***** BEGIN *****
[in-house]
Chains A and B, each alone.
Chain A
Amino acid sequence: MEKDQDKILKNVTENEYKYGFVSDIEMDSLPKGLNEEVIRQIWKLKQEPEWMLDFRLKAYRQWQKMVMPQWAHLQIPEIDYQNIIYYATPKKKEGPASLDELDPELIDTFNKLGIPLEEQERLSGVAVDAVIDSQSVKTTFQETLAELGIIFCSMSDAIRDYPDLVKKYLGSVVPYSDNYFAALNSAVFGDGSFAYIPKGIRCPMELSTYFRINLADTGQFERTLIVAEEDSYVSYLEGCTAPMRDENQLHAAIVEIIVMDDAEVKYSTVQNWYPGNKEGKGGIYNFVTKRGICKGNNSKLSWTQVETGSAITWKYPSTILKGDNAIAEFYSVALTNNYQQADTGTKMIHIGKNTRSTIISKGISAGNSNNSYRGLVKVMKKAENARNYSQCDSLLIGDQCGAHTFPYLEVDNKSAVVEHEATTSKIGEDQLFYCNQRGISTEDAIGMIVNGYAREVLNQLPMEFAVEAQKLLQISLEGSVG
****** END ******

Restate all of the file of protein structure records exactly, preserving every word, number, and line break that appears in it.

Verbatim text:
[in-house]
Chains A and B, each alone.
Chain A
Amino acid sequence: MEKDQDKILKNVTENEYKYGFVSDIEMDSLPKGLNEEVIRQIWKLKQEPEWMLDFRLKAYRQWQKMVMPQWAHLQIPEIDYQNIIYYATPKKKEGPASLDELDPELIDTFNKLGIPLEEQERLSGVAVDAVIDSQSVKTTFQETLAELGIIFCSMSDAIRDYPDLVKKYLGSVVPYSDNYFAALNSAVFGDGSFAYIPKGIRCPMELSTYFRINLADTGQFERTLIVAEEDSYVSYLEGCTAPMRDENQLHAAIVEIIVMDDAEVKYSTVQNWYPGNKEGKGGIYNFVTKRGICKGNNSKLSWTQVETGSAITWKYPSTILKGDNAIAEFYSVALTNNYQQADTGTKMIHIGKNTRSTIISKGISAGNSNNSYRGLVKVMKKAENARNYSQCDSLLIGDQCGAHTFPYLEVDNKSAVVEHEATTSKIGEDQLFYCNQRGISTEDAIGMIVNGYAREVLNQLPMEFAVEAQKLLQISLEGSVG